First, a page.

The article explore the process of commoning of public land in the city by using the commoning of urban data mediated by collaborative mapping. From the examination of two case-studies in Berlin and in New York City, I draw some lessons about the wider phenomenon of commoning the city, from data to physical space.
In its map exploration, the Transformap collective has collected over 200 maps, but also atlases. An atlas lists, hopefully displays, maps. In our TransforMap inventory, we have marked them as ‘Meta’. Here are some pages that point to interesting maps. Some* do it beautifully. English-speaking Shareable’s community maps. Those 72 maps focus on sharing and […]Read more "A geography of alternatives: Atlas"
[Post originally published for SEISMIC blog] Alternative forms of production and consumption are a hot topic in urban research. Cities are the breeding grounds for a wealth of bottom-up initiatives that try to establish fairer and more sustainable models. Researchers try to keep up with this transformation, but aside from the remarkable work of the […]Read more "Crowd-mapping: a tool for action research"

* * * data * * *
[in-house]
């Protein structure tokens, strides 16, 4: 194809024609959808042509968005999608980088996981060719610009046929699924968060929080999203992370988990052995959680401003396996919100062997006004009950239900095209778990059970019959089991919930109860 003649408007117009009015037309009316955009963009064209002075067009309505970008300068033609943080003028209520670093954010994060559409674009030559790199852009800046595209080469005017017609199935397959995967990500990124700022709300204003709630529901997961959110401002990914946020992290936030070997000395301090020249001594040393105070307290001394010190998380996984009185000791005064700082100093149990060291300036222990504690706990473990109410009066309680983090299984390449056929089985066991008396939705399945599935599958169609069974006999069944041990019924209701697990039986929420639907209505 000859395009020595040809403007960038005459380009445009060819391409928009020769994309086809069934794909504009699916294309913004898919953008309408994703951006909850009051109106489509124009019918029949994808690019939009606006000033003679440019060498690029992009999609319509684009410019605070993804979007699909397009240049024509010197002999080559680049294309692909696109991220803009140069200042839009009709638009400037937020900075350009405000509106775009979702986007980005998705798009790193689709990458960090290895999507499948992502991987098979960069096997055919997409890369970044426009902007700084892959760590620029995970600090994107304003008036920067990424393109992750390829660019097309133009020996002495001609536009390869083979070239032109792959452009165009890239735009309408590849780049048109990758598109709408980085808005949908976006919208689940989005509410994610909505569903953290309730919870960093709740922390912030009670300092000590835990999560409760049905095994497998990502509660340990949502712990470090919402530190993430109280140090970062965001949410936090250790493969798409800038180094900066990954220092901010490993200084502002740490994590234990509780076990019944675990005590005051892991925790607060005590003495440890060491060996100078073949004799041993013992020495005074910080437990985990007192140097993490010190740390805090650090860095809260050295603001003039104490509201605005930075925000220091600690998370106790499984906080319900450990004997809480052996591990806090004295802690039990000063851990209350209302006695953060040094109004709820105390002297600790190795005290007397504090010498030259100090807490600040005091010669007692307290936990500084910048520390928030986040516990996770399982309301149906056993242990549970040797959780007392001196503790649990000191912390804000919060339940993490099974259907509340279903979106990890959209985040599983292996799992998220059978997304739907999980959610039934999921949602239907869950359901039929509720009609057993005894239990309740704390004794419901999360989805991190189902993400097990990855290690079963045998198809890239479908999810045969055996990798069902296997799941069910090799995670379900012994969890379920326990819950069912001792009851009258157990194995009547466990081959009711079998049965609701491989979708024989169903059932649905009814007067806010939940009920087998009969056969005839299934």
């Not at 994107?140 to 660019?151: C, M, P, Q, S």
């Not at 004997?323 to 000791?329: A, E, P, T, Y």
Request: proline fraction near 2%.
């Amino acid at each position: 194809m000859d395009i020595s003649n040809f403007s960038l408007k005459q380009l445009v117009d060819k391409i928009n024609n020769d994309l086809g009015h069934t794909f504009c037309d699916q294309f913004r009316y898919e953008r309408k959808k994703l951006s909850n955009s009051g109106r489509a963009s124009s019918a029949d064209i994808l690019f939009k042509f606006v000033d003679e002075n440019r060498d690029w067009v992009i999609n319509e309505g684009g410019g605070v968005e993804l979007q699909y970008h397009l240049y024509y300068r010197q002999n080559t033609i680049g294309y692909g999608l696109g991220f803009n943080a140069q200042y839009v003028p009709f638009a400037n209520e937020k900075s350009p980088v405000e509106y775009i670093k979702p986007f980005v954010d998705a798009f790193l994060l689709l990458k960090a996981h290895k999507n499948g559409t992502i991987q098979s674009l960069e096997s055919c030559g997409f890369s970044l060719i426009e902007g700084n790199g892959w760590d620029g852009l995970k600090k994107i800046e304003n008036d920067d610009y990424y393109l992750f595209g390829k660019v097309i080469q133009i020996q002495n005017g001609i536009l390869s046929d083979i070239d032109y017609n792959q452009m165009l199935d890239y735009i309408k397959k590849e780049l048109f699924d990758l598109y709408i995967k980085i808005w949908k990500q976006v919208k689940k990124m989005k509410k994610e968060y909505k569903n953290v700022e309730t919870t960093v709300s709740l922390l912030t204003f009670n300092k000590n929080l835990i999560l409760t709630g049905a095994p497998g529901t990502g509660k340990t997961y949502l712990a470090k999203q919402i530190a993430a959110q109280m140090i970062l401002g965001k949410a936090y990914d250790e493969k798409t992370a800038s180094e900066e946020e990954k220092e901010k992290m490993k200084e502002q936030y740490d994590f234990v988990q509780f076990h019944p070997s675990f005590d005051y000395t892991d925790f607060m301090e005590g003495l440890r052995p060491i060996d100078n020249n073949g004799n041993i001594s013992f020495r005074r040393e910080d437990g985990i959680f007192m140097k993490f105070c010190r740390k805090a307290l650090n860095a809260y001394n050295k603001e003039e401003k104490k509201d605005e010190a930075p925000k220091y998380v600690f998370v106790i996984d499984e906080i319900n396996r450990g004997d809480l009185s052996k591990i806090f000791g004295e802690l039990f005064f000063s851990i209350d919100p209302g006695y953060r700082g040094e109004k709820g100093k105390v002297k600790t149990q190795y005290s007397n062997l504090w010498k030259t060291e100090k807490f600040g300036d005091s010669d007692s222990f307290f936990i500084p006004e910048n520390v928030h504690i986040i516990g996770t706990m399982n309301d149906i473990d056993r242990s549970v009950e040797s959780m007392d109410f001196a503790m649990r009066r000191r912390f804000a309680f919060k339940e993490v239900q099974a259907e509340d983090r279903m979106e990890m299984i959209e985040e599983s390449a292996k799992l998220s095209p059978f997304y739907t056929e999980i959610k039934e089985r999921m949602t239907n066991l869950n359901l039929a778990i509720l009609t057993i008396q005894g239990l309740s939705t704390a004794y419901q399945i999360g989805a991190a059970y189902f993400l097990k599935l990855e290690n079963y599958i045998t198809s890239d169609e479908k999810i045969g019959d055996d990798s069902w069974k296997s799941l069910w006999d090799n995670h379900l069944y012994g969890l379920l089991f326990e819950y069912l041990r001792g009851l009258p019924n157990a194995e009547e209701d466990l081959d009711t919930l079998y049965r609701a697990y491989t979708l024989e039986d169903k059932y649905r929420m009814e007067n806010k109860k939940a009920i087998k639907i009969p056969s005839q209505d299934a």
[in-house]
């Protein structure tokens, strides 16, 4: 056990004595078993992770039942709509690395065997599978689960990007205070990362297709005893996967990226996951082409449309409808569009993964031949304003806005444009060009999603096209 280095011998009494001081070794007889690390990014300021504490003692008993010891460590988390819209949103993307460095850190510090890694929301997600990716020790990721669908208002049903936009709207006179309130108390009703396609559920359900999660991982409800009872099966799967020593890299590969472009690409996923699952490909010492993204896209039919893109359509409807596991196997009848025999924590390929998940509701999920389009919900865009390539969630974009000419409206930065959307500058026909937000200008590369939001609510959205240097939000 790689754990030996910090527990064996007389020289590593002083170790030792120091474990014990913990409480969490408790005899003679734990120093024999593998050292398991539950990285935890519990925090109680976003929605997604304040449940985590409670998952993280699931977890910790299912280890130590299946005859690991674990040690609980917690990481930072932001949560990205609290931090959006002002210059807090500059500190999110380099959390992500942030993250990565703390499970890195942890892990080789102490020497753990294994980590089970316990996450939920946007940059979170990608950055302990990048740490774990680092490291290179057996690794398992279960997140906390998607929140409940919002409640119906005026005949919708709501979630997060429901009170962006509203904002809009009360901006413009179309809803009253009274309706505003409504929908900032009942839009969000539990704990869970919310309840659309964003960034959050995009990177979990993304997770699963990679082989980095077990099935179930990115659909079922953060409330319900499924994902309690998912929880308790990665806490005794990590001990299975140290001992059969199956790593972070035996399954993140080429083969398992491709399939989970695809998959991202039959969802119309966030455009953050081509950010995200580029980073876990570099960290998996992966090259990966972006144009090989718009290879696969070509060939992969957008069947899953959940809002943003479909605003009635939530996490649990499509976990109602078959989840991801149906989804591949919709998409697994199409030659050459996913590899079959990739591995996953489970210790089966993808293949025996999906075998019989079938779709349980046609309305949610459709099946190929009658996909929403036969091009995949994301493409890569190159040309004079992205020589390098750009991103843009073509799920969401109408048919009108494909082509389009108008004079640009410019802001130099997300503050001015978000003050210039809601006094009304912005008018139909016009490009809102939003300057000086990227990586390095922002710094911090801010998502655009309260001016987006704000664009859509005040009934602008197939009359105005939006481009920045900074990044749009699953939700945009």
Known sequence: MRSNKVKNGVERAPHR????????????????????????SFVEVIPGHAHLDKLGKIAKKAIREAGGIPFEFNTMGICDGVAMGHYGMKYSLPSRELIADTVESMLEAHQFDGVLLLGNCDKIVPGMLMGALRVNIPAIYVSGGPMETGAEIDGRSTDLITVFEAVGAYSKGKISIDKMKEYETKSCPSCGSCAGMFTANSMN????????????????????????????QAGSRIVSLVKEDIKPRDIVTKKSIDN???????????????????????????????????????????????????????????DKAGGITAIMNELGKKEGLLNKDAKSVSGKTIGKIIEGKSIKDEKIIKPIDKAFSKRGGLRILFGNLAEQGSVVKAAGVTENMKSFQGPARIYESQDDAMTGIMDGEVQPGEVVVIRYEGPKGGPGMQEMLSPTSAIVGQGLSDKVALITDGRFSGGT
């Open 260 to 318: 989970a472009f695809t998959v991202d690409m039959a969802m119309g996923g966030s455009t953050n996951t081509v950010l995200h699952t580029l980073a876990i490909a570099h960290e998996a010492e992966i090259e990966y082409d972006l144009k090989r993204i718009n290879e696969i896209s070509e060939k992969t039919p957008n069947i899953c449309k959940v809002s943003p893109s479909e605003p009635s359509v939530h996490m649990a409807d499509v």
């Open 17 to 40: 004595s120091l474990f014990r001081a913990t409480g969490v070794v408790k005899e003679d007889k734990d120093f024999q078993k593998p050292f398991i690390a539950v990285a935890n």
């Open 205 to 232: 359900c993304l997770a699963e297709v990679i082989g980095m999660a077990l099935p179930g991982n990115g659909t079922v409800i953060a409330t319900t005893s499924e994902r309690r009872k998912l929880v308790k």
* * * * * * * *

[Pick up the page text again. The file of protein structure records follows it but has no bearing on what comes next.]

This post reflect findings from Stephanie Jakubowsi’s Master Thesis. She analyzed the co-working spaces Thinkfarm and Grünhof (Freiburg) using participant observation and semi-structured interviews with the founders/initiators of the two initiatives. She examined the topics of work organization and structures, shared values, common goods and infrastructure as well as alternative decision-making process. This master thesis […]Read more "Thinkfarm Berlin: redefining co-working as a commoning practice"
On May 13th I presented in the trans>>lab colloquium what I am working on in the exciting field of Environmental Psychology. Here is a short summary of the topic I am interested in. Thanks to the colloquium members and guests we had quite some inspiring discussions. I tried to incorporate the questions that came up […]Read more "Sufficiency… what? A psychological view"
Because it deals with socio-ecological systems, achieving urban sustainability is complex. Not only there are no one-size-fits-all, but the scope of social and institutional change required to actually address the challenge of making cities truly sustainable for all disqualifies top-down, command-and-control system. Research is increasingly showing that polycentric and adaptive governance systems that are capable […]Read more "Digital commons for an urban transition towards sustainability"